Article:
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English Dictionary: S by the DICT Development Group
6 results for S
From WordNet (r) 3.0 (2006) [wn]:
s
n
  1. 1/60 of a minute; the basic unit of time adopted under the Systeme International d'Unites
    Synonym(s): second, sec, s
  2. an abundant tasteless odorless multivalent nonmetallic element; best known in yellow crystals; occurs in many sulphide and sulphate minerals and even in native form (especially in volcanic regions)
    Synonym(s): sulfur, S, sulphur, atomic number 16
  3. the cardinal compass point that is at 180 degrees
    Synonym(s): south, due south, southward, S
  4. a unit of conductance equal to the reciprocal of an ohm
    Synonym(s): mho, siemens, reciprocal ohm, S
  5. the 19th letter of the Roman alphabet
    Synonym(s): S, s
  6. (thermodynamics) a thermodynamic quantity representing the amount of energy in a system that is no longer available for doing mechanical work; "entropy increases as matter and energy in the universe degrade to an ultimate state of inert uniformity"
    Synonym(s): randomness, entropy, S
From Webster's Revised Unabridged Dictionary (1913) [web1913]:
   S \S\ ([ecr]s),
      the nineteenth letter of the English alphabet, is a
      consonant, and is often called a sibilant, in allusion to its
      hissing sound. It has two principal sounds; one a mere
      hissing, as in sack, this; the other a vocal hissing (the
      same as that of z), as in is, wise. Besides these it
      sometimes has the sounds of sh and zh, as in sure, measure.
      It generally has its hissing sound at the beginning of words,
      but in the middle and at the end of words its sound is
      determined by usage. In a few words it is silent, as in isle,
      d[82]bris. With the letter h it forms the digraph sh. See
      Guide to pronunciation, [sect][sect] 255-261.
  
      Note: Both the form and the name of the letter S are derived
               from the Latin, which got the letter through the Greek
               from the Ph[91]nician. The ultimate origin is Egyptian.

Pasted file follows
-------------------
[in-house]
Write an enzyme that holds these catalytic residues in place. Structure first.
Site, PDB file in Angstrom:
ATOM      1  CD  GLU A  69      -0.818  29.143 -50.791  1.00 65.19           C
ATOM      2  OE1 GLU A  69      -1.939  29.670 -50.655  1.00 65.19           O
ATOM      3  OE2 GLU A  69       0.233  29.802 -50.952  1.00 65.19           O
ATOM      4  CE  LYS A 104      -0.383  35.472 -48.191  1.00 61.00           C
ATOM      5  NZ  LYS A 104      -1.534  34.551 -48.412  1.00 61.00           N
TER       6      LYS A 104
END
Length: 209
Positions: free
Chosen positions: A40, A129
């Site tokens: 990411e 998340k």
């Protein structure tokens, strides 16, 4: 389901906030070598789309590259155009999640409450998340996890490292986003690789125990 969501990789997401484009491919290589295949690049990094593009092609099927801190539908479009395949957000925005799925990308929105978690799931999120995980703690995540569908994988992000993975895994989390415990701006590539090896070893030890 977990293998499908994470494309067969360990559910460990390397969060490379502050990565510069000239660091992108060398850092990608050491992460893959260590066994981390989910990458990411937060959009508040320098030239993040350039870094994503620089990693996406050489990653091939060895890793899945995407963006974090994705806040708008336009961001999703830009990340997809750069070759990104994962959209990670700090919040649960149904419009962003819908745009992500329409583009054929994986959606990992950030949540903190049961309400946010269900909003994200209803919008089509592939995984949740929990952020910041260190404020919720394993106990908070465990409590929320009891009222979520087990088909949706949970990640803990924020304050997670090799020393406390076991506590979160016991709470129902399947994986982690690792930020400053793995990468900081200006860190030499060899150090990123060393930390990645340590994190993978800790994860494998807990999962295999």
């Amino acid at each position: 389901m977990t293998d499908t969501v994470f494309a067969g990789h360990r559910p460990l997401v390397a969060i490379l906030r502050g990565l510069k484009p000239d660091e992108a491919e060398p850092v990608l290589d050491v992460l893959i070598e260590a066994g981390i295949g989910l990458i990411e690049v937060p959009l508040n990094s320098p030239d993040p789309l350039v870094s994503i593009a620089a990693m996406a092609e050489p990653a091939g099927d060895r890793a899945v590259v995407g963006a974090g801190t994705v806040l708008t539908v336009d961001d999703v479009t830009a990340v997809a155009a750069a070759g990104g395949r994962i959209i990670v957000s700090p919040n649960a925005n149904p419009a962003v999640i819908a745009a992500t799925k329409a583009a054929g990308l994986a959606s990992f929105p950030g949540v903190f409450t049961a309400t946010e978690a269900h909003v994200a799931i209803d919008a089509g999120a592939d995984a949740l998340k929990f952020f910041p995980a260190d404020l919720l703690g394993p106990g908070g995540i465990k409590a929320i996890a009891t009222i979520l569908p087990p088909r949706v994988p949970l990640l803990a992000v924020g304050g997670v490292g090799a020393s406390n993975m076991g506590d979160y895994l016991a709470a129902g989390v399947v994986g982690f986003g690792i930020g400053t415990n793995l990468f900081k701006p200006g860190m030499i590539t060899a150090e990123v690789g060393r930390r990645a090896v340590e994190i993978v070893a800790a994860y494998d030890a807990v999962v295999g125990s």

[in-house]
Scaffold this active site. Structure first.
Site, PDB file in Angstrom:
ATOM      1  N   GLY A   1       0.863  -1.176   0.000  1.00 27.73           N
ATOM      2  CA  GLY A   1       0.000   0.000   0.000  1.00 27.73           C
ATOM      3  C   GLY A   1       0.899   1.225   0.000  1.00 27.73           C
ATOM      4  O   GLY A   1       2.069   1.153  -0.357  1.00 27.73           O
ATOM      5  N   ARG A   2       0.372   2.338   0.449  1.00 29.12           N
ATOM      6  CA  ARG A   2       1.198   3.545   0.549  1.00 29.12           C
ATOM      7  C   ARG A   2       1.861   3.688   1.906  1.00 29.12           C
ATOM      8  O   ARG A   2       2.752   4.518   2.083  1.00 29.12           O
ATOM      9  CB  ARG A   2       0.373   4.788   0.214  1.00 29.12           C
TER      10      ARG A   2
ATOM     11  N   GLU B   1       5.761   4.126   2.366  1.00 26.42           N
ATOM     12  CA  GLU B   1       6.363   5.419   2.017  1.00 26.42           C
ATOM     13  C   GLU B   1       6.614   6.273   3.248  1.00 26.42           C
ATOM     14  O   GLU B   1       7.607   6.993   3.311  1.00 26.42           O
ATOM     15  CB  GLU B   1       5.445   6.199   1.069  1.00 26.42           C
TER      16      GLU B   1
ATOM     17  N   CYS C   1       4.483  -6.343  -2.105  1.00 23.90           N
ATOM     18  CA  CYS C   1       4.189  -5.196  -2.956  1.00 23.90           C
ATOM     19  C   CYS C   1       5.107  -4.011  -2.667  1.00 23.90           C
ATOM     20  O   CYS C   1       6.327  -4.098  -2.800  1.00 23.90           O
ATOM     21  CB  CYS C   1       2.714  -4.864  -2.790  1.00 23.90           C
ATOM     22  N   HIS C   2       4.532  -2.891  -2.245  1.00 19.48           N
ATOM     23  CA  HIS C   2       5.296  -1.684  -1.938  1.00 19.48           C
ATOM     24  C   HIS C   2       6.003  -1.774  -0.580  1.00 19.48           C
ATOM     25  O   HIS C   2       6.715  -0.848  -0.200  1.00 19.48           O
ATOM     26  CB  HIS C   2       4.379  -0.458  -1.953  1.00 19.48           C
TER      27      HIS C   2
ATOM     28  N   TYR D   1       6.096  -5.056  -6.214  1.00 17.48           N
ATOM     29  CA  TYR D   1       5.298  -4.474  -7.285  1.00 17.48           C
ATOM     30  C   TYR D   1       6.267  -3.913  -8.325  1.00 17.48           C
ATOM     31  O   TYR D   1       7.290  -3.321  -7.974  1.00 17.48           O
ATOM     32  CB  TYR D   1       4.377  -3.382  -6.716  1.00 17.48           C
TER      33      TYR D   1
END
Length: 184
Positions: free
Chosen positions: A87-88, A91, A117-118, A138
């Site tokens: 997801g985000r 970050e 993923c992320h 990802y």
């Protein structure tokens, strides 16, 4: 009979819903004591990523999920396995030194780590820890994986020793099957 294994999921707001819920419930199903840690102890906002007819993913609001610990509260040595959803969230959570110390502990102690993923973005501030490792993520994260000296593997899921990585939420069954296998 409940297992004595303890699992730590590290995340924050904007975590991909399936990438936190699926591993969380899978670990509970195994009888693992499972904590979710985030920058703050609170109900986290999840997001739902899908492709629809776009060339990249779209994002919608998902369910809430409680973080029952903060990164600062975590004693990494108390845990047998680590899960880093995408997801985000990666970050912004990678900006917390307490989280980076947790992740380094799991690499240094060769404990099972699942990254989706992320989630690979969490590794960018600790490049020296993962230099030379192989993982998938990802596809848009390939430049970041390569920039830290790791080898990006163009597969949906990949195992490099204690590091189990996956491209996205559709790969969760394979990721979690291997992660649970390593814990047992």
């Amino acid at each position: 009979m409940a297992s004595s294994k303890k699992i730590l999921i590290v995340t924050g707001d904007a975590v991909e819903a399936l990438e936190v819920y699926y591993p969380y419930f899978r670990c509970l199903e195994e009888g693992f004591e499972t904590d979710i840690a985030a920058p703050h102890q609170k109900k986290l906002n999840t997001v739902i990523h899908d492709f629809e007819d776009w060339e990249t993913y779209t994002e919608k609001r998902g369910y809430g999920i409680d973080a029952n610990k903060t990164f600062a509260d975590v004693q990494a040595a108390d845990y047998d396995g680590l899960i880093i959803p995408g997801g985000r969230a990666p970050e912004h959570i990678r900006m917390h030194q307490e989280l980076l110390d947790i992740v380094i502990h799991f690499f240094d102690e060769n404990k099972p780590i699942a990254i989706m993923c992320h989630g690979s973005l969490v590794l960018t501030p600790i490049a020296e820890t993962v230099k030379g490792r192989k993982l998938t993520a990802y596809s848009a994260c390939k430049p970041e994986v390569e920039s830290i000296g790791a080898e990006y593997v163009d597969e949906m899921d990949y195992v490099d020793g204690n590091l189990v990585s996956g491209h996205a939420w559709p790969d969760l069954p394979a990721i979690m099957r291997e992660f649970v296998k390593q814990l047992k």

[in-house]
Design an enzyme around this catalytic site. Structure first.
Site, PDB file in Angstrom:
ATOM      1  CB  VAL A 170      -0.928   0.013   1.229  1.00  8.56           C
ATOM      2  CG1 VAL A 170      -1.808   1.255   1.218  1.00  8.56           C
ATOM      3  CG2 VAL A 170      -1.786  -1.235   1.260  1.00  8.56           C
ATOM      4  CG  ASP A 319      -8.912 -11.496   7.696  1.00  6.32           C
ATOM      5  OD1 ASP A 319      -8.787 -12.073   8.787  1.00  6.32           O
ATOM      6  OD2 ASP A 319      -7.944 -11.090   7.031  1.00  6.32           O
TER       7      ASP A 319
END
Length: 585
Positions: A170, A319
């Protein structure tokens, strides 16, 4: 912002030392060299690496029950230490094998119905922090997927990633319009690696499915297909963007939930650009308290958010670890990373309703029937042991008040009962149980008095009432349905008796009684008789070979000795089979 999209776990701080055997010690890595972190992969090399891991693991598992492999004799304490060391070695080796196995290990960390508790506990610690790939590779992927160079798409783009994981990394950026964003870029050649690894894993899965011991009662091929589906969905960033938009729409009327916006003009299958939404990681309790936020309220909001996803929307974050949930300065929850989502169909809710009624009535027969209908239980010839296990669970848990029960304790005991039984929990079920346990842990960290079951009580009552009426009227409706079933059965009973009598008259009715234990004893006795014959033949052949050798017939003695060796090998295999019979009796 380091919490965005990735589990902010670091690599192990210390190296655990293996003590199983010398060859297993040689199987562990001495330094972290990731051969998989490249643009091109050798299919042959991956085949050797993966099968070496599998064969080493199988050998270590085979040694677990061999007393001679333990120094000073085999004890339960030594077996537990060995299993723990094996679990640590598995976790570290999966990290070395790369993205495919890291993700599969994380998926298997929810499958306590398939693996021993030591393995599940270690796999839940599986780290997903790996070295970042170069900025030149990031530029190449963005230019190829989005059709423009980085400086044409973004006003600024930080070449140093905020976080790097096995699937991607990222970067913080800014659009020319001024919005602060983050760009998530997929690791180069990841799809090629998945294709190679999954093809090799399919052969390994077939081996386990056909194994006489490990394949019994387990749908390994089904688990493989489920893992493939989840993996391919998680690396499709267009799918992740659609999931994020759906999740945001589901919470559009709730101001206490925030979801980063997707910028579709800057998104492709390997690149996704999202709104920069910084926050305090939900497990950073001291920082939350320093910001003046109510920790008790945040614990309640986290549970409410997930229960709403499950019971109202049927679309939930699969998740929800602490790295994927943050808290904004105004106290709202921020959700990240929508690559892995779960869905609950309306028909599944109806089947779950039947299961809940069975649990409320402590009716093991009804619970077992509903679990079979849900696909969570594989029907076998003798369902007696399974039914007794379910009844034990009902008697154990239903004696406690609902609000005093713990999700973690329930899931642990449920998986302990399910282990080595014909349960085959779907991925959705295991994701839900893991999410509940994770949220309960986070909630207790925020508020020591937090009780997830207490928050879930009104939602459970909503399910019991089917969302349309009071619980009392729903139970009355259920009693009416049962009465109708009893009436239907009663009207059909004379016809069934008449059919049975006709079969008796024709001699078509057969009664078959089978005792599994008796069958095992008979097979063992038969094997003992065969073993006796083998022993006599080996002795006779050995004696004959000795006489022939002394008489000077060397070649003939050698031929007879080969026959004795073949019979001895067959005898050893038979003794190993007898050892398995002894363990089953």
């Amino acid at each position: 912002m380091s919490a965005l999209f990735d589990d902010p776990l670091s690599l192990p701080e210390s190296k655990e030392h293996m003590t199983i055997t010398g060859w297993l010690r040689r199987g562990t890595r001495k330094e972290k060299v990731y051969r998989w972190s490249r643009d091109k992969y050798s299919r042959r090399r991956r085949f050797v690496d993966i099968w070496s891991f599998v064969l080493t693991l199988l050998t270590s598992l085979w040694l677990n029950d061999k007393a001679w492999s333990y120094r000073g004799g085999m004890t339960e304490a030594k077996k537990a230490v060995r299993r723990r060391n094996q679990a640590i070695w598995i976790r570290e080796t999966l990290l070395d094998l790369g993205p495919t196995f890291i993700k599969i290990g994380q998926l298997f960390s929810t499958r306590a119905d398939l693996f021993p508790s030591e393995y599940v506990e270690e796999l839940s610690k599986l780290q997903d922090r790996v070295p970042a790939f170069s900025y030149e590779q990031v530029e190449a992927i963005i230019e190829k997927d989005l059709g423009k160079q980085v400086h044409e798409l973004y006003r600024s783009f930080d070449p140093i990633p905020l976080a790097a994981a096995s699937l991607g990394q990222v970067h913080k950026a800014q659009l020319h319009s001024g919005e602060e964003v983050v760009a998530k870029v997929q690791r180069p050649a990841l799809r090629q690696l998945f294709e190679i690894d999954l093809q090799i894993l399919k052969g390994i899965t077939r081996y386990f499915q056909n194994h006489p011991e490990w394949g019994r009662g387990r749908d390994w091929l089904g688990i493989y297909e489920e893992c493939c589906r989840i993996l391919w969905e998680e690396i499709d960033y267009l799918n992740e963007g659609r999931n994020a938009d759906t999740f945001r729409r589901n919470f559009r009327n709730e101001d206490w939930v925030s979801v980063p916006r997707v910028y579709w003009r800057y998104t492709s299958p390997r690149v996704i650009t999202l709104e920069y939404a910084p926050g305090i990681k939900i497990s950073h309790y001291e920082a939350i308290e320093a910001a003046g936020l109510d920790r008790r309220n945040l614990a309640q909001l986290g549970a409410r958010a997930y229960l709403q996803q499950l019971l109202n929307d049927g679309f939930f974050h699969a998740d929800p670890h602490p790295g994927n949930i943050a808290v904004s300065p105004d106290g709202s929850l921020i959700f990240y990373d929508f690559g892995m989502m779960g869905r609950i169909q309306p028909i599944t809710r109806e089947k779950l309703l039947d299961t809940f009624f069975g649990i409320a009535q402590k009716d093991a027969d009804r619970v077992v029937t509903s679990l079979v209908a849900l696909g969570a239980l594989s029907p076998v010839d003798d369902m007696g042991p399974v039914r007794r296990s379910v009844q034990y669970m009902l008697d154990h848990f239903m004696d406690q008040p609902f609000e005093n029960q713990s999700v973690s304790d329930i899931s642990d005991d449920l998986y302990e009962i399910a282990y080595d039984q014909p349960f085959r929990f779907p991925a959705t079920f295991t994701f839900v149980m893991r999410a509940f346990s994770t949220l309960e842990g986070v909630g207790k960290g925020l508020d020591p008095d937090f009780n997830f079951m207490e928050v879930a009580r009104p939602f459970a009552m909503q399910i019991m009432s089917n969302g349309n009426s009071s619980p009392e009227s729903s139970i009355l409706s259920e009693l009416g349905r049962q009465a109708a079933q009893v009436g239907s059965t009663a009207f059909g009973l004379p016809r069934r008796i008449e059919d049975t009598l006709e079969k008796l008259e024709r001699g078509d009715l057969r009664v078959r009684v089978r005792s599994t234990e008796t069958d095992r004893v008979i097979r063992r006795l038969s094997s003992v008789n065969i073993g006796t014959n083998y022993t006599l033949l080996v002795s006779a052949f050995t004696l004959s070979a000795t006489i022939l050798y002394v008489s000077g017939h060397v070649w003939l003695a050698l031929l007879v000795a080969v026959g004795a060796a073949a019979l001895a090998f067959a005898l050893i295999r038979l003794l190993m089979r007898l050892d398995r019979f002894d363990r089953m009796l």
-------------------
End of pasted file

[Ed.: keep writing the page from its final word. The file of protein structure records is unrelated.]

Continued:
S is etymologically most nearly related to c, z, t, and
               r; as, in ice, OE. is; E. hence, OE. hennes; E. rase,
               raze; erase, razor; that, G. das; E. reason, F. raison,
               L. ratio; E. was, were; chair, chaise (see C, Z, T, and
               R.).

From Webster's Revised Unabridged Dictionary (1913) [web1913]:
   -s \-s\
      1. [OE. es, AS. as.] The suffix used to form the plural of
            most words; as in roads, elfs, sides, accounts.
  
      2. [OE. -s, for older -th, AS. -[eb].] The suffix used to
            form the third person singular indicative of English
            verbs; as in falls, tells, sends.
  
      3. An adverbial suffix; as in towards, needs, always, --
            originally the genitive, possesive, ending. See {-'s}.

From Webster's Revised Unabridged Dictionary (1913) [web1913]:
   -'s \-'s\ [OE. -es, AS. -es.] The suffix used to form the
      possessive singular of nouns; as, boy's; man's. 's \'s\
      A contraction for is or (colloquially) for has. [bd]My
      heart's subdued.[b8] --Shak.

From The Free On-line Dictionary of Computing (15Feb98) [foldoc]:
   S
  
      A statistical analysis language from {AT&T}.
  
      ["S: An Interactive Environment for Data Analysis and
      Graphics", Richard A. Becker, Wadsworth 1984].
  
      (1997-01-21)
  
  

From The Free On-line Dictionary of Computing (15Feb98) [foldoc]:
   s///
  
      s/{foo}/{bar}/ is an idiom which means "I didn't mean
      to type 'foo', I meant to type 'bar'".
  
      Its use in {talk} systems, especially {irc}, comes from the
      use of s/// as a substitution operator in {Perl}, {sed} and
      {ed}.   In these languages and tools, s/foo/bar/ would replace
      any substring matching the {regular expression} "foo" with the
      string "bar".
  
      (1997-03-16)
  
  
No guarantee of accuracy or completeness!
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